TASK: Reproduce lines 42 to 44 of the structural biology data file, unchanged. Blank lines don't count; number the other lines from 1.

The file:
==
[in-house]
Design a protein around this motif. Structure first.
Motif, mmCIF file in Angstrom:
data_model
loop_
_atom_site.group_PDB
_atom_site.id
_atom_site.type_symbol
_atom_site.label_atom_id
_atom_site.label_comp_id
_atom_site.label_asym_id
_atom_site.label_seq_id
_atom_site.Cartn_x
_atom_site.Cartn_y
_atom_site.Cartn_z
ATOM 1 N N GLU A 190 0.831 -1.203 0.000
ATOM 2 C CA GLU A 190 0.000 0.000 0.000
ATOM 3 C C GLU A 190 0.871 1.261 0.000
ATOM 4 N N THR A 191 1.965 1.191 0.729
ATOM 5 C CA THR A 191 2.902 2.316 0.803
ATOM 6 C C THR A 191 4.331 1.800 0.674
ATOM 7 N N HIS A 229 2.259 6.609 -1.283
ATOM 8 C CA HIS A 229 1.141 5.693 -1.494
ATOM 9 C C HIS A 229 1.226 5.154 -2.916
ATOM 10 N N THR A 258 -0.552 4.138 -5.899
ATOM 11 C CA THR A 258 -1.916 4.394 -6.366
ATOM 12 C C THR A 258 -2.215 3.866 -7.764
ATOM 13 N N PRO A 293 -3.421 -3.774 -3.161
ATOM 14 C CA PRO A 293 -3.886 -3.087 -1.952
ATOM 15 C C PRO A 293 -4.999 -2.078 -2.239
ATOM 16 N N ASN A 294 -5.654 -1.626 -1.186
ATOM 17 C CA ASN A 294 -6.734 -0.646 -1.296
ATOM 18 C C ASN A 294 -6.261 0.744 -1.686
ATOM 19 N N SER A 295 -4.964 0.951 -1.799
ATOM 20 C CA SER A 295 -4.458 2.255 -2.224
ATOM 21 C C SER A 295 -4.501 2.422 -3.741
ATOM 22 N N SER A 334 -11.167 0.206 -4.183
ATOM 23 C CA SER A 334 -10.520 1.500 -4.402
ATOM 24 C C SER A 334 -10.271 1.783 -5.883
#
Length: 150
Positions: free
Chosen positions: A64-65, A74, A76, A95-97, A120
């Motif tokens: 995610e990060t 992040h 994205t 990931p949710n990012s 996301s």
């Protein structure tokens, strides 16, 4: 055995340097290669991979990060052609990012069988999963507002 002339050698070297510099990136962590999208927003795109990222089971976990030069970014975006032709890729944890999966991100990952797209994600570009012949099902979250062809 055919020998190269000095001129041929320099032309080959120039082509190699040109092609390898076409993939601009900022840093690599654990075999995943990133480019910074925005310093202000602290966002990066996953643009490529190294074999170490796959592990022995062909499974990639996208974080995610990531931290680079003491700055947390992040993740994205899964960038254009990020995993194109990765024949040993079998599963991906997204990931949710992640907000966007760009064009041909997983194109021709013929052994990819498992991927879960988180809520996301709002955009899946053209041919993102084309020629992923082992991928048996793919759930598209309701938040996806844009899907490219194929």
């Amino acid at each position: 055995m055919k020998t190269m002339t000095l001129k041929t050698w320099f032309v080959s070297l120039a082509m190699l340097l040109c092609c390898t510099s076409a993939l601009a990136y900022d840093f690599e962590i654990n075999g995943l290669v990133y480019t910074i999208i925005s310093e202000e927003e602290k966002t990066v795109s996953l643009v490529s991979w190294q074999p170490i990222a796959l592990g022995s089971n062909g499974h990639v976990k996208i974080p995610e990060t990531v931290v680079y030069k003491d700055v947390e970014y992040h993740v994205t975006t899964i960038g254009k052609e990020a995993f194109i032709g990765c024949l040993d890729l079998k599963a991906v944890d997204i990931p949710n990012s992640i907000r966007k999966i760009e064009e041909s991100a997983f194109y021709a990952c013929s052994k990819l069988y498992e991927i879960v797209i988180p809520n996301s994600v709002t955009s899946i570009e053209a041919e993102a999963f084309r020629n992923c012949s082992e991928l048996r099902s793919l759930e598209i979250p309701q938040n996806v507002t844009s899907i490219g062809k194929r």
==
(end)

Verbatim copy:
Positions: free
Chosen positions: A64-65, A74, A76, A95-97, A120
């Motif tokens: 995610e990060t 992040h 994205t 990931p949710n990012s 996301s």